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House Bill 684 — Telehealth, behavioral, schools (-2)

House Bill 684 — Telehealth, behavioral, schools (-2)

Ronald M. Nate, Ph.D.
March 5, 2024

Bill Description: House Bill 684 would allow for telehealth behavioral health services on public school premises, and it creates provisions for the disclosure of otherwise private information about the student and access to means of harm.

Rating: -2

NOTE: House Bill 684 is a remake of H524 and H579.

Does it create, expand, or enlarge any agency, board, program, function, or activity of government? Conversely, does it eliminate or curtail the size or scope of government?

House Bill 684 provides for schools to include accommodations for telehealth behavioral health services on their premises. These services, provided either by public schools or made possible on public school campuses or buildings, go beyond the schools’ constitutional mandate: “The stability of a republican form of government depending mainly upon the intelligence of the people, it shall be the duty of the legislature of Idaho, to establish and maintain a general, uniform and thorough system of public, free common schools.” 

The point of Idaho public schools is to provide education, not to provide health care, mental care, or other non-education services. To the extent that public schools engage in and accommodate for those services, they expand the education bureaucracy beyond its mandated mission and lead to inefficiencies, as schools become health care centers in addition to trying to provide good education. This is an expansion in the scope of public education and of government more generally. 


Does it violate the spirit or the letter of either the U.S. Constitution or the Idaho Constitution? Examples include restrictions on speech, public assembly, the press, privacy, private property, or firearms. Conversely, does it restore or uphold the protections guaranteed in the U.S. Constitution or the Idaho Constitution?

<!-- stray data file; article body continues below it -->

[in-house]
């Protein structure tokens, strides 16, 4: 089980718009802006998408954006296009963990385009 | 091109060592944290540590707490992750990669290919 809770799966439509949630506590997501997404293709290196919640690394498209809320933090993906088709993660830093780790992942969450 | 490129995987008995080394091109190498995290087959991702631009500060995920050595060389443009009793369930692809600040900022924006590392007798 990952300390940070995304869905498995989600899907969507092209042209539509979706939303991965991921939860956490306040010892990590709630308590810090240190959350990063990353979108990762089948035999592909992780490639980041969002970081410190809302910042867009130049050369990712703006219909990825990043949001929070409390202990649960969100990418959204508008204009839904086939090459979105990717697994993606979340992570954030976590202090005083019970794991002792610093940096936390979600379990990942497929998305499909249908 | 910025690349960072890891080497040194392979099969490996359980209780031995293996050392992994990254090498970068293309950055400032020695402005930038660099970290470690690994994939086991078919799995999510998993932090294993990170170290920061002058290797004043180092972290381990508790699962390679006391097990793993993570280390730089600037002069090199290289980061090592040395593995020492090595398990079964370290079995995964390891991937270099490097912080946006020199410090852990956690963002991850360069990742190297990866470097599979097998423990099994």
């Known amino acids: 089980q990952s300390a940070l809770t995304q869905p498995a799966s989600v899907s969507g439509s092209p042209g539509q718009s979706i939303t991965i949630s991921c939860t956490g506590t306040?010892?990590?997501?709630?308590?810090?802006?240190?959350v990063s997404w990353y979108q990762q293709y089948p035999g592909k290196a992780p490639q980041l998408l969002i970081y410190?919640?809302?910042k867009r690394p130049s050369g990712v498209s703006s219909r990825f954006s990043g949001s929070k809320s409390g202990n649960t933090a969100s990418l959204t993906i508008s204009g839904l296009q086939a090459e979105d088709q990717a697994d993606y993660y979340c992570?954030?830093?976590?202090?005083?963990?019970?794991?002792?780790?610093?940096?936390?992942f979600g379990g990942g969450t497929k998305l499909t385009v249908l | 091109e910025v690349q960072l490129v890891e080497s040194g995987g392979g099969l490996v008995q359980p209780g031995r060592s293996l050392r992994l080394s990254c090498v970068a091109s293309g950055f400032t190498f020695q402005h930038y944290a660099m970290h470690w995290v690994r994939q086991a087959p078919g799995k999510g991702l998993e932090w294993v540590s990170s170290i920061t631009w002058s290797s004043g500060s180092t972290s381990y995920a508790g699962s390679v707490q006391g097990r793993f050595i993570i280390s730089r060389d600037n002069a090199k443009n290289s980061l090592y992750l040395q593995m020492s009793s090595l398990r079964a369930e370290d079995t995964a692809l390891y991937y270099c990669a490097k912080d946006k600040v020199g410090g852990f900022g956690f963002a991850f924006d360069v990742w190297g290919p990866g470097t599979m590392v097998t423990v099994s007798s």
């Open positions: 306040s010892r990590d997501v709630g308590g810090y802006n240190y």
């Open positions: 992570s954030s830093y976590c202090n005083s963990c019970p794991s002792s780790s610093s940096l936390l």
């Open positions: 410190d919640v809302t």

The bill includes subsection (5) which states, “Protected health information, including but not limited to medical records and medical billing information created by the mental health professional or primary care provider, shall not be shared with or disclosed to a public school or public charter school unless disclosure is necessary to prevent or lessen a serious and imminent threat to the health or safety of the student or to any clearly identifiable person or persons and the mental health professional determines the student has the apparent intent and ability to carry out the threat.”

This is a constitutional concern on two fronts. First, the sharing of information need only be to “lessen” a “serious and imminent threat…” The bill does not define “serious” or “imminent” or what it means to lessen the threat. Arguably, almost any reference to any threat to the health or safety of the student or others could be construed to be serious and imminent. Second, the mental health professional must determine if “the student has the apparent intent and ability to carry out the threat.” It does not take much imagination to see this is a reference to the professional inquiring and probing into whether firearms or other weapons are available in the student’s home. This puts various constitutional rights in peril including, privacy and the keeping and bearing of arms. 


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